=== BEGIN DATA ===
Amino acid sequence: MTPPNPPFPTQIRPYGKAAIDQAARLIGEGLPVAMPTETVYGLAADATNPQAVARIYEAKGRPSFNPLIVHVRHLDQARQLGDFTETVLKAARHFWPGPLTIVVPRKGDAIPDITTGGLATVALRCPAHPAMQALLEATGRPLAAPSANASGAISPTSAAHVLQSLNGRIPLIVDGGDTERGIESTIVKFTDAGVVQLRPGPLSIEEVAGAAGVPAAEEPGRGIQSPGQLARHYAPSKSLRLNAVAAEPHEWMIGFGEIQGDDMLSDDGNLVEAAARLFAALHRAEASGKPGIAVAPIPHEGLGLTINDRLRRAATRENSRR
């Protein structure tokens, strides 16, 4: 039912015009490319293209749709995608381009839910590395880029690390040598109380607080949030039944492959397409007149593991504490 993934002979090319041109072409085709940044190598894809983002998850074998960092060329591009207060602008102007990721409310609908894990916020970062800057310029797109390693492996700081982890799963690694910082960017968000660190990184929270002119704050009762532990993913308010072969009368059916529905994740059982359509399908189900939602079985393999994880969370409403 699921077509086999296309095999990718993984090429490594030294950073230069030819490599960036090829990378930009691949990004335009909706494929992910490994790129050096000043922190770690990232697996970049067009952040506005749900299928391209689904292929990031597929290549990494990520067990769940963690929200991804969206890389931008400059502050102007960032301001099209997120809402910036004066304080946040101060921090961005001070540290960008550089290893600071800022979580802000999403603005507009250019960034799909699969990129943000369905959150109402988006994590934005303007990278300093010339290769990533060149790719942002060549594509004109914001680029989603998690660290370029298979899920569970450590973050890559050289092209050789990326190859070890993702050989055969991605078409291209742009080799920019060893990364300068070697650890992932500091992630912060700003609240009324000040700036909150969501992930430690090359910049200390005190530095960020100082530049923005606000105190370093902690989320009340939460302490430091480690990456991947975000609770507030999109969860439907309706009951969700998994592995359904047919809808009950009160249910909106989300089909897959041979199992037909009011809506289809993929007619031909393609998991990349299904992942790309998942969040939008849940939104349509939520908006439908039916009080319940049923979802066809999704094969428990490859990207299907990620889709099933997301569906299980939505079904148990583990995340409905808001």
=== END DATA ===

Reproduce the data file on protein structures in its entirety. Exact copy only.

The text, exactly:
Amino acid sequence: MTPPNPPFPTQIRPYGKAAIDQAARLIGEGLPVAMPTETVYGLAADATNPQAVARIYEAKGRPSFNPLIVHVRHLDQARQLGDFTETVLKAARHFWPGPLTIVVPRKGDAIPDITTGGLATVALRCPAHPAMQALLEATGRPLAAPSANASGAISPTSAAHVLQSLNGRIPLIVDGGDTERGIESTIVKFTDAGVVQLRPGPLSIEEVAGAAGVPAAEEPGRGIQSPGQLARHYAPSKSLRLNAVAAEPHEWMIGFGEIQGDDMLSDDGNLVEAAARLFAALHRAEASGKPGIAVAPIPHEGLGLTINDRLRRAATRENSRR
């Protein structure tokens, strides 16, 4: 039912015009490319293209749709995608381009839910590395880029690390040598109380607080949030039944492959397409007149593991504490 993934002979090319041109072409085709940044190598894809983002998850074998960092060329591009207060602008102007990721409310609908894990916020970062800057310029797109390693492996700081982890799963690694910082960017968000660190990184929270002119704050009762532990993913308010072969009368059916529905994740059982359509399908189900939602079985393999994880969370409403 699921077509086999296309095999990718993984090429490594030294950073230069030819490599960036090829990378930009691949990004335009909706494929992910490994790129050096000043922190770690990232697996970049067009952040506005749900299928391209689904292929990031597929290549990494990520067990769940963690929200991804969206890389931008400059502050102007960032301001099209997120809402910036004066304080946040101060921090961005001070540290960008550089290893600071800022979580802000999403603005507009250019960034799909699969990129943000369905959150109402988006994590934005303007990278300093010339290769990533060149790719942002060549594509004109914001680029989603998690660290370029298979899920569970450590973050890559050289092209050789990326190859070890993702050989055969991605078409291209742009080799920019060893990364300068070697650890992932500091992630912060700003609240009324000040700036909150969501992930430690090359910049200390005190530095960020100082530049923005606000105190370093902690989320009340939460302490430091480690990456991947975000609770507030999109969860439907309706009951969700998994592995359904047919809808009950009160249910909106989300089909897959041979199992037909009011809506289809993929007619031909393609998991990349299904992942790309998942969040939008849940939104349509939520908006439908039916009080319940049923979802066809999704094969428990490859990207299907990620889709099933997301569906299980939505079904148990583990995340409905808001």